It is recognised in Singapore’s social policies that family is the primary source of care and support for its members. As a transforming society, the Singaporean family’s well-being is constantly being inundated with stressors from within and outside. Individuals’ happiness is closely intertwined with the state of their family relationships. It is thus essential for adults in the family to keep family ties strong across generations and to look at ways to strengthen the family in times of need through the life cycle. This seminar will highlight the current research updates on how to enhance resiliency in the family in the midst of challenges faced by adults in the family, in particular parents who have to care for young children and youth as well as ageing parents. This seminar will focus on four key areas that adults in the family would have to deal with effectively.
The Kite Story – A Relational Way of Parenting This segment will explore with parents/mentors the benefits of parenting children the relational way. Through a metaphor of kite-flying, parents/mentors will be able to intuitively follow a “framework” of influencing children in a positive manner. The talk will also allow parents/mentors to reflect on their parenting/mentoring styles.
Resilience when Death Occurs Everyone’s grief is unique and it is important to appreciate how death impacts. This talk will look at building emotional resilience when grieving a death and how one can begin to find stability and peace of mind.
Occupational Stress & Work-Family Balance The idea of occupational stress – its causes, consequences and management – is examined from an industrial-organizational psychology perspective. Adults in the family are burdened by rising cost of living and demands of caring for the children and aging parents on top of managing the strain of working and establishing a career. The implications on work-family balance which influence family well-being will be deliberated.
Intergenerational Caregiving It is often a challenge for adults at midlife to provide caregiving especially to their aging parents as this additional caretaking demands will strain their physical and emotional needs when personal focus and energy levels are changing. This talk will focus on intergenerational dynamics in caregiving of older adults in the family. Living arrangement of family members in relation to older adult members will also be examined.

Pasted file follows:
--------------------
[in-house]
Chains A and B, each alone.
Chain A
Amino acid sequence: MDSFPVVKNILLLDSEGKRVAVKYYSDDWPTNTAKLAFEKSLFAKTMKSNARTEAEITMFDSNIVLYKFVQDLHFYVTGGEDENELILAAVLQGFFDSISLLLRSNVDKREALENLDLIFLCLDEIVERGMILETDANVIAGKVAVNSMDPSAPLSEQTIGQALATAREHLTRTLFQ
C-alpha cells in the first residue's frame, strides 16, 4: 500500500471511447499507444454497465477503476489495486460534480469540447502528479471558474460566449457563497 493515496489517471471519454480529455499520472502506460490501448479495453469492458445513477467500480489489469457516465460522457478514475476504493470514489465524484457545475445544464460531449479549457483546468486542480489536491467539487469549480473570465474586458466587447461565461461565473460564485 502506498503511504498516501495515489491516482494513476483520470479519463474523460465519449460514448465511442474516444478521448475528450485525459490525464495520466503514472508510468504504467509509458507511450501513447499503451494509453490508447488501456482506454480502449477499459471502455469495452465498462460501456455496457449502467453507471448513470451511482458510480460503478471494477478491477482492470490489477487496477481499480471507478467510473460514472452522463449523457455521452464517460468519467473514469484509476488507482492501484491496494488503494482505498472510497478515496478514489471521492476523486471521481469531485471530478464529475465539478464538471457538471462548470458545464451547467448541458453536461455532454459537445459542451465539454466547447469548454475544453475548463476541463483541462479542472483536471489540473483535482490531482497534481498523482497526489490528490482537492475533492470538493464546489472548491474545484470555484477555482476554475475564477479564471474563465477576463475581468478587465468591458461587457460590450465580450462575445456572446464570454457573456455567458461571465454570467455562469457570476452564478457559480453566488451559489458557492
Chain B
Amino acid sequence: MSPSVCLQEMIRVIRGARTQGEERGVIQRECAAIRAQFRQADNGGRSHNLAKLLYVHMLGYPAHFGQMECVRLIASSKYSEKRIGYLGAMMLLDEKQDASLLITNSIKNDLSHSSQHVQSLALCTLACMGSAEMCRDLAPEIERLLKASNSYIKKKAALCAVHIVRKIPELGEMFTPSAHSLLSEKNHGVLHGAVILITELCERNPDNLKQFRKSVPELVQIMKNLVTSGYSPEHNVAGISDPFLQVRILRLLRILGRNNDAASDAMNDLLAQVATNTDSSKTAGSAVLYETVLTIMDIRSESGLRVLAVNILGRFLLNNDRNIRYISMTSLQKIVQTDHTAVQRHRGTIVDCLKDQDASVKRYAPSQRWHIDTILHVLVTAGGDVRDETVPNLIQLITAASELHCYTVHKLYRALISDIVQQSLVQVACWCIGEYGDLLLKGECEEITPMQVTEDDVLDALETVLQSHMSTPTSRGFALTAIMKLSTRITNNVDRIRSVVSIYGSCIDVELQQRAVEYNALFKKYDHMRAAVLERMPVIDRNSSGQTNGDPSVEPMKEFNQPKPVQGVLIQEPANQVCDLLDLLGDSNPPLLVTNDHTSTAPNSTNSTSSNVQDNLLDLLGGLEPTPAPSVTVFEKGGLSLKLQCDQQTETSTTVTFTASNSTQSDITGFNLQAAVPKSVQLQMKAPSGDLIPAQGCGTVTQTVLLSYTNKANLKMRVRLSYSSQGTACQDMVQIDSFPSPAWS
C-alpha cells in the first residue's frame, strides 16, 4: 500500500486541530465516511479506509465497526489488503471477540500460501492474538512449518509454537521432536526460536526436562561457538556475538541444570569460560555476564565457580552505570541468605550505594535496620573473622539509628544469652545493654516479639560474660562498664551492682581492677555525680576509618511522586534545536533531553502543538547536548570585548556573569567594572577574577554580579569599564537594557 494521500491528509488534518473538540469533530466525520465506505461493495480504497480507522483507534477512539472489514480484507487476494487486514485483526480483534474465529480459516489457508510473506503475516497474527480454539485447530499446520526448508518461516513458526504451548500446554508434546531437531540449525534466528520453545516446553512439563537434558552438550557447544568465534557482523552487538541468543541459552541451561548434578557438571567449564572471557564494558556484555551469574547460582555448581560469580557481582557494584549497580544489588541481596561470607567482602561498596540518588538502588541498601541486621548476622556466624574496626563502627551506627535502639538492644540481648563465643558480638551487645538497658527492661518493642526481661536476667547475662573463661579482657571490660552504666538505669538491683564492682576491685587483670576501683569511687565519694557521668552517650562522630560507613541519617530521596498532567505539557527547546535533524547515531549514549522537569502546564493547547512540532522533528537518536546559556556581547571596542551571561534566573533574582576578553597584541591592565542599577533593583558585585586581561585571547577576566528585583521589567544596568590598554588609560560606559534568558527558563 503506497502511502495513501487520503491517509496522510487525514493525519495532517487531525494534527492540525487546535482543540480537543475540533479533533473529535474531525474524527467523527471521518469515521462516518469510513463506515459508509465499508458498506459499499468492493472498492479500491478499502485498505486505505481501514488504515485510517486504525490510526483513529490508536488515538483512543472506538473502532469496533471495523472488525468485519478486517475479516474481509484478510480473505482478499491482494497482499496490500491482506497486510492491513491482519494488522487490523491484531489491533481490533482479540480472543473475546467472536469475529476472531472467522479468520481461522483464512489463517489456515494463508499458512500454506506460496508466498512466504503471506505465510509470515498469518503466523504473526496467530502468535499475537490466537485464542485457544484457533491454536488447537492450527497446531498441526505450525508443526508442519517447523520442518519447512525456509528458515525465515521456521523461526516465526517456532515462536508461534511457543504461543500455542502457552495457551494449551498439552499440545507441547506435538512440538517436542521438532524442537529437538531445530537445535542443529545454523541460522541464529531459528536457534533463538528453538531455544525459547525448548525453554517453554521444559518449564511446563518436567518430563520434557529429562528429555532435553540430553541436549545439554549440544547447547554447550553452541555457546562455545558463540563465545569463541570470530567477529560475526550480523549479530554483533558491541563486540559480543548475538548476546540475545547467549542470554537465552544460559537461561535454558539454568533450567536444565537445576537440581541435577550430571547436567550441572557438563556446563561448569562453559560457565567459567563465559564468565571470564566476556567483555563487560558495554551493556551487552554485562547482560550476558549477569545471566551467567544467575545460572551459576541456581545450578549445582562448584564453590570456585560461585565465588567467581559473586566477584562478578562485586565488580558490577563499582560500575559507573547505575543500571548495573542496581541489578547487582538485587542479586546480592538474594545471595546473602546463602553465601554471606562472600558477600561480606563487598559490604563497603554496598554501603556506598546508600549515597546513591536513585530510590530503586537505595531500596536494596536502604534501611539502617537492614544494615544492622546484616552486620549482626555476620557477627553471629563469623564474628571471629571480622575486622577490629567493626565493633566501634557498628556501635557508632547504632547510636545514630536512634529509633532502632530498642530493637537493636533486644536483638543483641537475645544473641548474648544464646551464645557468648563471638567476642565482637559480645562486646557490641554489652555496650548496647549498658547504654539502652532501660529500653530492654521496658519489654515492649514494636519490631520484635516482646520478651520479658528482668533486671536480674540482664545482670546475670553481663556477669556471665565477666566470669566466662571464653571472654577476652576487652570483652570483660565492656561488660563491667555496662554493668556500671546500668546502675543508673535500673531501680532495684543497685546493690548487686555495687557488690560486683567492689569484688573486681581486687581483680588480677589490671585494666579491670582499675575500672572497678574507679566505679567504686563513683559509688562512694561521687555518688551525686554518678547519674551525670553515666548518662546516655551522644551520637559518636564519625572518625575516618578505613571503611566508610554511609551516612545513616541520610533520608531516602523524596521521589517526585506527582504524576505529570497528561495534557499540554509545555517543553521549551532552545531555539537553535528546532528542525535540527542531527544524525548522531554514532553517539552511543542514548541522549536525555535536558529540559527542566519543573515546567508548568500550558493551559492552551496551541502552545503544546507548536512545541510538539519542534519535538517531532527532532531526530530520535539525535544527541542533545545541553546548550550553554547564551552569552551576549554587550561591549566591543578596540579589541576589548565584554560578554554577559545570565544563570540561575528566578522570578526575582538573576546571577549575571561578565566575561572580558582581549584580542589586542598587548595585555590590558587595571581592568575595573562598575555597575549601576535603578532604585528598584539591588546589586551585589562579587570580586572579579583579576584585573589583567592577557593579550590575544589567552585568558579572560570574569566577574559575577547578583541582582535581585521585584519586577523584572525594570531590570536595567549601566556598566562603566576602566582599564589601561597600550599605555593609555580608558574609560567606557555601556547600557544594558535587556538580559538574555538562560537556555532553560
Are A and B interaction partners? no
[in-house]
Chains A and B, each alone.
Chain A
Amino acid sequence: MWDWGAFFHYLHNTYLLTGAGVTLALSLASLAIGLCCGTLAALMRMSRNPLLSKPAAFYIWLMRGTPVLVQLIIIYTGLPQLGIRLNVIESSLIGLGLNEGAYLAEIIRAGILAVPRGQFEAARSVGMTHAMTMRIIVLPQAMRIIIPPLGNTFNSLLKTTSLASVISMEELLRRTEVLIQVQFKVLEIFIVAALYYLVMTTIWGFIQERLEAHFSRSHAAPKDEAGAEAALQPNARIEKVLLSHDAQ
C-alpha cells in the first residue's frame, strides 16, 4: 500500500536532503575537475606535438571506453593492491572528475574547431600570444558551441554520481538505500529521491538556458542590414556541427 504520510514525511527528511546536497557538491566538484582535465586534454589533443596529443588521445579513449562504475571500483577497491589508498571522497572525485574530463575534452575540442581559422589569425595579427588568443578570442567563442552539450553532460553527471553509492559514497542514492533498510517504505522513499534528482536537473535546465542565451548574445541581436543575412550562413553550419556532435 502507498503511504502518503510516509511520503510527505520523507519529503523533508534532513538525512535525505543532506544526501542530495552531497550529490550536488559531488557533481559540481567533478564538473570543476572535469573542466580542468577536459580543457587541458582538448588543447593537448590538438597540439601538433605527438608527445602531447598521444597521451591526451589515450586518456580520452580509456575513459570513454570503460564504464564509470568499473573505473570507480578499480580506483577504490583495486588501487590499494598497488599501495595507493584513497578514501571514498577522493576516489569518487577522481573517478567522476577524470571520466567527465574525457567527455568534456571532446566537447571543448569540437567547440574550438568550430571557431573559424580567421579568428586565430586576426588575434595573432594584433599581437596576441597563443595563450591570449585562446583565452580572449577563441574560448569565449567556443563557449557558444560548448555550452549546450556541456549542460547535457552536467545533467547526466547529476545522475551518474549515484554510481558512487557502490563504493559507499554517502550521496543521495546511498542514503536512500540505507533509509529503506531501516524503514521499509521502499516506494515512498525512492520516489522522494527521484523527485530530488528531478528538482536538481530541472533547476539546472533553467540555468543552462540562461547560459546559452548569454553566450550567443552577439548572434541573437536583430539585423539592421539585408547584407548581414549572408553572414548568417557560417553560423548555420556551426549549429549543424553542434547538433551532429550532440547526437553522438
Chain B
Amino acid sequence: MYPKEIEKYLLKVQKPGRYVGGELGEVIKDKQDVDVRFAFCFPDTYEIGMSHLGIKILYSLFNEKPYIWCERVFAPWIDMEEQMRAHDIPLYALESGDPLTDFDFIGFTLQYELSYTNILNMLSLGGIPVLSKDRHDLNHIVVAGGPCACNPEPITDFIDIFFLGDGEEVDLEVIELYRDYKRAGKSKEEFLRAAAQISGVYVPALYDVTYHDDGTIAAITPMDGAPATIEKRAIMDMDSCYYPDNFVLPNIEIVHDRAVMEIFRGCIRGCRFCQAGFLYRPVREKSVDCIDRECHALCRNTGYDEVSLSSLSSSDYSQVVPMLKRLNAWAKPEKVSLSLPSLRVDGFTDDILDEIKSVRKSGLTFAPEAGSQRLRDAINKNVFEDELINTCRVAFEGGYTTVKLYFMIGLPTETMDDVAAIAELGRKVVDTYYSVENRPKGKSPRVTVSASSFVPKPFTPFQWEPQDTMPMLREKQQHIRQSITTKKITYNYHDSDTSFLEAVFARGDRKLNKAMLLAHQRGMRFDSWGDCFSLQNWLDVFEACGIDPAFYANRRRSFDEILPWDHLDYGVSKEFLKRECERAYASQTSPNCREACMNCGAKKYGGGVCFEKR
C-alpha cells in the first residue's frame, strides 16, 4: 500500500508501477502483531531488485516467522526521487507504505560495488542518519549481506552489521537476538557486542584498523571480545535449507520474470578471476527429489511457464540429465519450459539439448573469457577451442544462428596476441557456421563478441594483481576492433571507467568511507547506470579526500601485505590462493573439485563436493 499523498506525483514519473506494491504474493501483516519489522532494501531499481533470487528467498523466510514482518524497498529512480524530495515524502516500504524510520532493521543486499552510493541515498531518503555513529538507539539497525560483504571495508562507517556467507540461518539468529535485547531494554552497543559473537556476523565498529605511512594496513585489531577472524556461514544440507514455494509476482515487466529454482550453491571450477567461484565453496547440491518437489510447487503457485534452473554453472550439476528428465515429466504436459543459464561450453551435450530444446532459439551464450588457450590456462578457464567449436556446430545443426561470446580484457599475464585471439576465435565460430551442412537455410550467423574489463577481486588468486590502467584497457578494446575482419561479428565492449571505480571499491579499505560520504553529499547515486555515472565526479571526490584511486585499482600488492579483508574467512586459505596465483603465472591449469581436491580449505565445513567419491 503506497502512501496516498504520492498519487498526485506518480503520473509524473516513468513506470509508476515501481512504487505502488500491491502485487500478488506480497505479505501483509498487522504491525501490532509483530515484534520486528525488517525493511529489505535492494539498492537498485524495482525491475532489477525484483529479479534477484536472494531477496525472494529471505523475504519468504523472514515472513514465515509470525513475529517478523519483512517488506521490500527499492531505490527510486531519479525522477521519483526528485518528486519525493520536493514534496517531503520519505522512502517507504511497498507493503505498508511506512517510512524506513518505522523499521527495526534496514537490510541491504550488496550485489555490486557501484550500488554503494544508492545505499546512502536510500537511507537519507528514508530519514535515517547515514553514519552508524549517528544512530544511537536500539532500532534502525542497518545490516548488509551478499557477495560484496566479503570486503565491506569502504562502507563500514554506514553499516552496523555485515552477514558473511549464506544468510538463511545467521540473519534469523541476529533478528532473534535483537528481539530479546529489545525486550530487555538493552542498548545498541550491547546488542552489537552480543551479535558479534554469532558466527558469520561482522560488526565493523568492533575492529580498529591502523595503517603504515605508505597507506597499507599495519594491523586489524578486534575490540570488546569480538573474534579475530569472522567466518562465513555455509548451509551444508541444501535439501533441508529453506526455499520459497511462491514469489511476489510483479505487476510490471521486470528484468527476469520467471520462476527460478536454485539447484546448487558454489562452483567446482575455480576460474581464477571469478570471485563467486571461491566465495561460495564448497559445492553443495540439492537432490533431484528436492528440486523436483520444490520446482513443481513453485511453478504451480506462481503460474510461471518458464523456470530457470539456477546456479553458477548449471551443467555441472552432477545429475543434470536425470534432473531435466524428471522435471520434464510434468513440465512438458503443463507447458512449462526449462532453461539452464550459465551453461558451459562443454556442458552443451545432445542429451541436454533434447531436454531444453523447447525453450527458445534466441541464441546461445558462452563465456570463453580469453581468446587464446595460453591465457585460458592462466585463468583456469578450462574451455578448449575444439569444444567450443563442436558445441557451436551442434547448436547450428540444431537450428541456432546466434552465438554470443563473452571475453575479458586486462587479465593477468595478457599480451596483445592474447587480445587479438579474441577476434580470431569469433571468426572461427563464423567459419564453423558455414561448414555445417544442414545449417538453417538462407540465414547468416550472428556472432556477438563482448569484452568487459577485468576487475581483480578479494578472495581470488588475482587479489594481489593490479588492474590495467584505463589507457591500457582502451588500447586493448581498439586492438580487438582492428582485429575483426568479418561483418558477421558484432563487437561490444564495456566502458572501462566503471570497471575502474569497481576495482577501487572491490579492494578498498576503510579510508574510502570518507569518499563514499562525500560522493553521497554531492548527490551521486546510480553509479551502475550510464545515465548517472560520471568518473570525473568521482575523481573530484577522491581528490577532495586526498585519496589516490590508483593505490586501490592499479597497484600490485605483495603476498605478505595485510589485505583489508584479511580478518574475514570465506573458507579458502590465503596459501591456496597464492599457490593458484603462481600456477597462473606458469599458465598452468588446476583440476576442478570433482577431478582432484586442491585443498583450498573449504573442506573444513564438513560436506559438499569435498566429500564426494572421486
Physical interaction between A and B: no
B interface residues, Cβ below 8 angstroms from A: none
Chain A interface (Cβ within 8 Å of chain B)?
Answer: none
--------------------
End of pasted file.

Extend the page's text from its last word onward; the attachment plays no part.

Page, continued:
Teachers, social workers, counsellors, youth workers, case managers and volunteers who work closely with families.
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Ms Trina Tan is currently a Behavioural Science lecturer at Nanyang Polytechnic (NYP). She worked in the counselling field for about 10 years before joining NYP and has a wide range of experience from working with children to elderly, as individuals as well as in family settings. In addition, Ms Tan has worked extensively with schools in Singapore, working with teenagers as well as their families and significant others and involved in supervision of clinicians in their training. She has given talks on parenting skills and understanding adolescents and has taught in the Singapore Institute of Management Specialist Diploma in Human Services programme and NYP Certificate in Counselling programme. She was also invited to be involved in the work group with WDA, in creating a competency map for Community and Social Services in Singapore.
Mr Andy S.J. Ong was a Senior Tutor in the NUS Business School (Department of Management and Organisation) before moving on to his current appointment as Lecturer (Psychology) at NYP. He has been active in research since 1996, and has made numerous paper presentations at various international conferences, and is a published author. His research speciality is in social, health, industrial-organisational and cross-cultural psychology with a particular interest in psychometrics, research methods and statistics.
Ms Wee Ee Dzu is currently a Behavioral Science Lecturer in the School of Health Sciences at NYP. She has been teaching in the Diploma and Advanced Diploma courses in Nursing and Allied Health since 1992. Her area of focus is in the psychosocial perspectives of health, family and ageing, particularly in caregiving issues.
Mr Jim Lim is currently a Social Work Lecturer at NYP. He has seven years of experience in working with children, youth and families in diverse organisations such as the Family Court, Juvenile Court, Bukit Ho Swee Family Service Centre (Centre Head) and NorthLight School (Head of Counselling Department). Mr Lim’s passion is to work with youth-at-risk and he is currently mentoring several youths. He has also finished writing a book on mentoring and parenting children and youth effectively, using kite-flying as a metaphor. Mr Lim is also trained in ‘Choice Theory’ and ‘Reality Therapy’.